Hostess Brands: We won’t shun union applicants

Hostess Brands, which is hiring for several bakeries, including one in Columbus, emphasized Monday that it will not discriminate against applicants on the basis of union membership or activities.

The strident effort to clear the air on its hiring plans followed comments last week by Chairman and Chief Executive Officer Dean Metropoulos, who suggested the company would be staffing plants with non-union labor.

Under the headline “New Twinkie Maker Shuns Union,” Metropoulos reportedly told The Wall Street Journal that the company does “not expect to be involved in the union going forward.”

In a statement Monday, Hostess Brands said it “intends to hire the most qualified applicants, regardless of their age, race, gender, or prior or current union affiliation.” It added that “none of the company representatives stated or intended to imply that Hostess will be avoiding union-represented employees or job applicants.”

When it filed for bankruptcy last year, the former Hostess Brands blamed the bakers union for forcing it out of business. The company was able to reach a new contract agreement with its largest union, the Teamsters, but the Bakery, Confectionery, Tobacco Workers & Grain Millers International Union rejected the terms and went on strike Nov. 9. A week later, Hostess announced plans to liquidate, saying the strike crippled its ability to maintain normal production.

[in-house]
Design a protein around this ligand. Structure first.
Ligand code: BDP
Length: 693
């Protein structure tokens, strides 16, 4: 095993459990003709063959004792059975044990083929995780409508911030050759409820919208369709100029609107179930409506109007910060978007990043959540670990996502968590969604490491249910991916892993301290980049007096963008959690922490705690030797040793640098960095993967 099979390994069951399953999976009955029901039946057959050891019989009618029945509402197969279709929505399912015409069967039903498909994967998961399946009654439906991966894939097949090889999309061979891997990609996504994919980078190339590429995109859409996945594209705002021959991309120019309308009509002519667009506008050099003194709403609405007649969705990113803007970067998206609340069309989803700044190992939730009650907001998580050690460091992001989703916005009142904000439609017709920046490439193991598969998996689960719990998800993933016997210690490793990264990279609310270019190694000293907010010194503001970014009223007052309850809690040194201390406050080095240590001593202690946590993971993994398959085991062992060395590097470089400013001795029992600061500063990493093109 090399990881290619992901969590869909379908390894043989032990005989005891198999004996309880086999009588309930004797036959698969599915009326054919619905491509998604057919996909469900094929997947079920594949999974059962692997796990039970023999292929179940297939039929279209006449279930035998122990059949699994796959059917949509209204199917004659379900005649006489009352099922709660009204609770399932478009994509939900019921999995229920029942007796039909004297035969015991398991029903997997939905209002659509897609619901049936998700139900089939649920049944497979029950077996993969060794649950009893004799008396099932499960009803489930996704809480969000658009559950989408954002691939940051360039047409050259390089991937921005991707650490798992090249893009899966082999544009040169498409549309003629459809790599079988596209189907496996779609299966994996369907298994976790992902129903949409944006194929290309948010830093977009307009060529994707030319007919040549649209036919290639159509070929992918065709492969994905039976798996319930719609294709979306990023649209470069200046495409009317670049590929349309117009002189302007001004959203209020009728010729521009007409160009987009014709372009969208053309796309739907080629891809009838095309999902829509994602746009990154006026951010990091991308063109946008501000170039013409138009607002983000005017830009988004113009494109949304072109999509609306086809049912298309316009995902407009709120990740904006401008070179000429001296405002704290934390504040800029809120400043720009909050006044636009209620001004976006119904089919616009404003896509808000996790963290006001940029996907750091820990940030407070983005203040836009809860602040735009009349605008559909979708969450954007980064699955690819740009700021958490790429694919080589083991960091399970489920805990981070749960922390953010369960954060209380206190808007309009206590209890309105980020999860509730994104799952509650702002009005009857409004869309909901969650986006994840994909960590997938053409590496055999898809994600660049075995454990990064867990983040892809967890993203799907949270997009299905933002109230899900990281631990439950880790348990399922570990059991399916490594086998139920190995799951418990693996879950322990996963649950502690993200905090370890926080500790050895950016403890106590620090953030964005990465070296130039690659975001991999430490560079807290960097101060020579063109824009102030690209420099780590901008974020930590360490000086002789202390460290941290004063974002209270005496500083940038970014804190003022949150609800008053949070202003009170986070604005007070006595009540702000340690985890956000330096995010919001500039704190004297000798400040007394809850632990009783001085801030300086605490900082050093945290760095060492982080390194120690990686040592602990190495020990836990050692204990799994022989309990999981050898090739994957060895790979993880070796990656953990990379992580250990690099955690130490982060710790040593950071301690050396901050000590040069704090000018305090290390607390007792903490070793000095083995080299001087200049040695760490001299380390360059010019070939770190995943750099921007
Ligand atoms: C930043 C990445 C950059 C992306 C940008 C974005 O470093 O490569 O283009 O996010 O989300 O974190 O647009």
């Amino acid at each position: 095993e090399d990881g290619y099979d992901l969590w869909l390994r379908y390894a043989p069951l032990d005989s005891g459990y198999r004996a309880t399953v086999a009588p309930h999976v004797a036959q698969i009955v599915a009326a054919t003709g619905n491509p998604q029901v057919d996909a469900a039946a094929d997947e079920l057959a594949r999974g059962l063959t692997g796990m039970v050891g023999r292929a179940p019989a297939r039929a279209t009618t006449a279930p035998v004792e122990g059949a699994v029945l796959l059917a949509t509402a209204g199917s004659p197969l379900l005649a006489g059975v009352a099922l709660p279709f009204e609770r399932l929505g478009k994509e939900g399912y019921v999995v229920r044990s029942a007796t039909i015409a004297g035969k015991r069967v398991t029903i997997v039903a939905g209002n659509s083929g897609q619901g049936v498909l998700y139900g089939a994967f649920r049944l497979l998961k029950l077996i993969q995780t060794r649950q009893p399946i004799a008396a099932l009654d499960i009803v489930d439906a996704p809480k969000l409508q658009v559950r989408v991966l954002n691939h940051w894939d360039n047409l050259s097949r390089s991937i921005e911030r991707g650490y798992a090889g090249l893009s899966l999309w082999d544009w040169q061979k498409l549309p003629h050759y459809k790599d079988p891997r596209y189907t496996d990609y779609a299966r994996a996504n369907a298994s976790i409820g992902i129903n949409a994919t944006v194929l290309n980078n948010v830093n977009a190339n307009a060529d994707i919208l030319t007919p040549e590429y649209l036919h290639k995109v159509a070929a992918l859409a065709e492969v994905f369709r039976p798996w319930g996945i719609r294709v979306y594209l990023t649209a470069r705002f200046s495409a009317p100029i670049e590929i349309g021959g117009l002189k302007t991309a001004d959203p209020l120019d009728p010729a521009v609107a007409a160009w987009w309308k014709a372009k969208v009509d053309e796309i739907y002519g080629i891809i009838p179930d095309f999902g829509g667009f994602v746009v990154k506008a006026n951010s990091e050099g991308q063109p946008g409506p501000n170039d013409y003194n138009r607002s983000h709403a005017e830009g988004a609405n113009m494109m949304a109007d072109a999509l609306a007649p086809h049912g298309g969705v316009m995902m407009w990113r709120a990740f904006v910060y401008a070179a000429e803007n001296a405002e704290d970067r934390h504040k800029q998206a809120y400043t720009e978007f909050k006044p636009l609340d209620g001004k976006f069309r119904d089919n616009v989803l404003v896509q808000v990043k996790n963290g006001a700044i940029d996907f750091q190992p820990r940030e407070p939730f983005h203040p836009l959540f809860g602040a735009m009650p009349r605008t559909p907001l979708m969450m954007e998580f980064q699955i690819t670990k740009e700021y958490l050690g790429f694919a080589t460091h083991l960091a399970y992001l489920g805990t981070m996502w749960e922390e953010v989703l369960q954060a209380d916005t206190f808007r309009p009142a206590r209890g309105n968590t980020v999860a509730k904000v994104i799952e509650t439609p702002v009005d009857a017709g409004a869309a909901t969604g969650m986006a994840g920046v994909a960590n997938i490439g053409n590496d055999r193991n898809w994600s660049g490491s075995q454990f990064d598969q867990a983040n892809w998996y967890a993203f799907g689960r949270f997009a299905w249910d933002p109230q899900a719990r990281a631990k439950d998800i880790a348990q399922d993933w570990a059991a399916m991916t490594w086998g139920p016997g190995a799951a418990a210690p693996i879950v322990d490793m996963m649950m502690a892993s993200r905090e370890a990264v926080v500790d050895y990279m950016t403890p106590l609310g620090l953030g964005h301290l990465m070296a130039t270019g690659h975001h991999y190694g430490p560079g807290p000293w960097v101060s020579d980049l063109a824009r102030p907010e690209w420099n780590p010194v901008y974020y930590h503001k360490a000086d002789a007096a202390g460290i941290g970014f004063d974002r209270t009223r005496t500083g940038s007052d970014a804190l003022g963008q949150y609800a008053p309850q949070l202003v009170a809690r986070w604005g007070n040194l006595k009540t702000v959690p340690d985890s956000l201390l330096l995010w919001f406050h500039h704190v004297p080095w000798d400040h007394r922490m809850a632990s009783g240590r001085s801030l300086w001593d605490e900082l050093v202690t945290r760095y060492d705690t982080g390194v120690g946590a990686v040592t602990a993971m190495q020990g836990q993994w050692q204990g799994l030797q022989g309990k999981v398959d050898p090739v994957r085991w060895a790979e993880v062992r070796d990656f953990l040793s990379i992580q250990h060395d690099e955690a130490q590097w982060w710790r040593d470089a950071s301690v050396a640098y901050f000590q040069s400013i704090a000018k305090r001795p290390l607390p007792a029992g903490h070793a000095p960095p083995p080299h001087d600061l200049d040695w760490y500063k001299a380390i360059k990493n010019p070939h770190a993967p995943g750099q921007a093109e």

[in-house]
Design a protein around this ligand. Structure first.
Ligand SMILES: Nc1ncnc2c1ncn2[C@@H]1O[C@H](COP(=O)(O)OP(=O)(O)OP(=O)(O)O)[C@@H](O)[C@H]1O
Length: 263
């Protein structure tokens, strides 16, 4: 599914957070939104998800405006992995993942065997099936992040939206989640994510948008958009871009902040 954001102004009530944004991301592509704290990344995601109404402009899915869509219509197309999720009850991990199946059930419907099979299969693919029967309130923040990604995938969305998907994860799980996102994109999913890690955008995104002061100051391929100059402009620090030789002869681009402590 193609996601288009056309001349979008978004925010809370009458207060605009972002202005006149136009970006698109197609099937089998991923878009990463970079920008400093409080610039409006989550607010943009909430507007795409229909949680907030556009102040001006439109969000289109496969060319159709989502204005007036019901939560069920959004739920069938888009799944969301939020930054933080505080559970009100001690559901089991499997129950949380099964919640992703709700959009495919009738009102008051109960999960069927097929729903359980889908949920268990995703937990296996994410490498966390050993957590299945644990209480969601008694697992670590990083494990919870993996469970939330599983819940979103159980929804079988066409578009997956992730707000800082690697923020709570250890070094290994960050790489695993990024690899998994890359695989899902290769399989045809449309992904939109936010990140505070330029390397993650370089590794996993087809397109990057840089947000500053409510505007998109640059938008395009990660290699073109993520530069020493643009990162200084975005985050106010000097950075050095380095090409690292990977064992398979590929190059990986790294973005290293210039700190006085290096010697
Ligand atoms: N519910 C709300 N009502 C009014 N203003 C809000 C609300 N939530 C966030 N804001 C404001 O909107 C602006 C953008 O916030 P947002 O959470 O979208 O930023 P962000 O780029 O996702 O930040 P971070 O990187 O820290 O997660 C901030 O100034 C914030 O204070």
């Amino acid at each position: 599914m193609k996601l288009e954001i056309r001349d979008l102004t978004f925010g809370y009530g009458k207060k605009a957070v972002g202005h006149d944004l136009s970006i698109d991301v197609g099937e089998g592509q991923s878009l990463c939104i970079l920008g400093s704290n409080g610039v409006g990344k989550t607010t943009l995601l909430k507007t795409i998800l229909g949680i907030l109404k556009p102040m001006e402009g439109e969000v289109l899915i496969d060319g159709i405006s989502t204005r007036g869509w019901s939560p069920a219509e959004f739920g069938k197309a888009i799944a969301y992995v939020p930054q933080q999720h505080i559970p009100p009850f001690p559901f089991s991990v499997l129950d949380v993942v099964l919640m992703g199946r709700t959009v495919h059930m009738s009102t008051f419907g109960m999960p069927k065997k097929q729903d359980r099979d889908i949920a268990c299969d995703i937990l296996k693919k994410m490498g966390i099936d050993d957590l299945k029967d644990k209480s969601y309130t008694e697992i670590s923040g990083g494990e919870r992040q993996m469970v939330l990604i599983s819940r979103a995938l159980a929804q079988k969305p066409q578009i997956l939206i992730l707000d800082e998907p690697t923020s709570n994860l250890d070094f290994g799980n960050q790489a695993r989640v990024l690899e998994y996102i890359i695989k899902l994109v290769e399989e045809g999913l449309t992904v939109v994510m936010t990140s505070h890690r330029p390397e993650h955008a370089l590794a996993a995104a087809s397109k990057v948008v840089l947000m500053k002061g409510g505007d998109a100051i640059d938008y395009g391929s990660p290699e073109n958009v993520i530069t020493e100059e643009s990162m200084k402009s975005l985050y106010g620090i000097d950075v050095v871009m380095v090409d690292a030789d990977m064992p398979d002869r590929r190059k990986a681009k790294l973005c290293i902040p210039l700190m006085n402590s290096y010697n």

David Durkee, international president of the bakers union, said he was “extremely disappointed” in the recent comments about union employees. “Ideally, we would like to see as many of our members hired as possible,” Durkee said in a statement. “Our members are eager and willing to return to these snack plants and help usher in a new period of prosperity for Hostess snack cakes.”

In March, Apollo Global Management and Metropoulos & Co. purchased assets of Hostess, which was in bankruptcy. Apollo and Metropoulos agreed to pay $410 million for the Hostess and Dolly Madison brands, five bakeries and equipment. The buyers retained the “Hostess Brands” name in creating a new company.

Last week, the new owners of Hostess Brands said they plan to reopen the company’s Columbus plant this summer and eventually employ more than 300 workers. The company held a job fair over the weekend. It is initially recruiting for 200 positions in production, sanitation, distribution, maintenance engineering and management, and it will add more than 100 workers in the years to come.

The company is also opening bakeries in Emporia, Kan.; Indianapolis; and Schiller Park, Ill.

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